Welcome to European Tribune. It's gone a bit quiet around here these days, but it's still going.
Was preparing a more snarky title FT: 'By the way, our metrics sucked'

Here's one reason:

In spite of growth, people were worse off on average, as Stiglitz says:

"Many people looked at US GDP growth in the 2000s and said: `How fast you are growing - we must imitate you.' But it was not sustainable or equitable growth. Even before the crash, most people were worse off than they were in 2000. It was a decade of decline for most Americans."

And of course this was a big part of what caused the crash. Note Jerome's diaries 'The One Graph That Damns the Bush Economy' and 'Blame the Poor'.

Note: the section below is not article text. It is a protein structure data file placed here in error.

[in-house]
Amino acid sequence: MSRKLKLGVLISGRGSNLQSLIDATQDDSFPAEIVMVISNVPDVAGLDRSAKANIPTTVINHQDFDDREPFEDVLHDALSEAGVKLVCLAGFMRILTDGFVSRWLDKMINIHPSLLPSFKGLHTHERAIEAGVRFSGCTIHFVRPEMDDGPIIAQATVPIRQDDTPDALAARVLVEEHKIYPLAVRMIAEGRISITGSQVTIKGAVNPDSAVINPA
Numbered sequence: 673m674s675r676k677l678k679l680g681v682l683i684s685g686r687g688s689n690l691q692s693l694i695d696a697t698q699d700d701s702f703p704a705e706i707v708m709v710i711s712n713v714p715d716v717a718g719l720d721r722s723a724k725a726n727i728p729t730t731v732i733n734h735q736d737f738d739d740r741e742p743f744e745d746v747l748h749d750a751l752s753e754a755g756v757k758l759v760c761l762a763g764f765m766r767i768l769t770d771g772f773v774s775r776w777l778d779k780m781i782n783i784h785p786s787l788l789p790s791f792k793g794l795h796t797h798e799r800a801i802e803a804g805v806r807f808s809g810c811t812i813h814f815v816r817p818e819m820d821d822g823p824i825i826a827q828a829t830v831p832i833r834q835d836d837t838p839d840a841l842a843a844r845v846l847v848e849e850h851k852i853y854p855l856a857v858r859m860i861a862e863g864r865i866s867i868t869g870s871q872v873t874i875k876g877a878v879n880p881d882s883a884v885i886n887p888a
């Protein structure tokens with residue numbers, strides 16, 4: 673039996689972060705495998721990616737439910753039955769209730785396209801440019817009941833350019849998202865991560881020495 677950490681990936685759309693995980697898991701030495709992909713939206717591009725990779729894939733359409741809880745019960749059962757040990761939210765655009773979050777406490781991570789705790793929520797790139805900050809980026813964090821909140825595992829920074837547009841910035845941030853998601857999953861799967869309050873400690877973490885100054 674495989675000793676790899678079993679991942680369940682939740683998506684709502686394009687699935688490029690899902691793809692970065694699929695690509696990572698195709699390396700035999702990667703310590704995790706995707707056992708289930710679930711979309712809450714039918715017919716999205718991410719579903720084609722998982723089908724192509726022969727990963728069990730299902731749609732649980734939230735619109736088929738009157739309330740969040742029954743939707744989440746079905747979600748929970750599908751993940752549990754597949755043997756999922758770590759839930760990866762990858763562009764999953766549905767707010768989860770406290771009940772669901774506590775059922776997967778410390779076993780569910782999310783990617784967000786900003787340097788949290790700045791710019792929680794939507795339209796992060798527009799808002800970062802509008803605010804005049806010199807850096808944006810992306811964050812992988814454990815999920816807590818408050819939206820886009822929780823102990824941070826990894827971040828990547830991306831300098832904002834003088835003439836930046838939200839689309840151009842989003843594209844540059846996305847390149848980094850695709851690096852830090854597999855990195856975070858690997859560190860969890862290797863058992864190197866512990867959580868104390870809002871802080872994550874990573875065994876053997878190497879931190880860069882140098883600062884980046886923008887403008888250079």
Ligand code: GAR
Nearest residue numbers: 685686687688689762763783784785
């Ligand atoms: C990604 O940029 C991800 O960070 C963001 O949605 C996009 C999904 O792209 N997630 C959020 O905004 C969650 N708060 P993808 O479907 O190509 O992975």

by nanne (zwaerdenmaecker@gmail.com) on Wed Jan 28th, 2009 at 08:08:38 AM EST
Economic 'growth' can result from undesirable spending:
So, for example, government spending on prisons counts the same as government spending on universities. Cleaning up a nuclear accident would add to GDP in the same way as the production of solar power. When oil is extracted from the ground and sold to consumers, this is counted as an addition to a nation's wealth rather than a depletion of its resources.

See the European Tribune story 'Regrettables'.
by nanne (zwaerdenmaecker@gmail.com) on Wed Jan 28th, 2009 at 08:10:42 AM EST
[ Parent ]
Here's a still-relevant quote by ThatBritGuy in 'Socratic Economics I: Why GDP growth above everything else?'
Yes, but 'productive capital' is a complete fiction. Capital doesn't exist as a physical thing. It only exists if people choose to believe in it.

Natural resources certainly exist, and the destruction of natural resources has an obvious real-world effect.

So why do economists apparently prefer to deal with fictions than realities?

by nanne (zwaerdenmaecker@gmail.com) on Wed Jan 28th, 2009 at 08:12:34 AM EST
[ Parent ]


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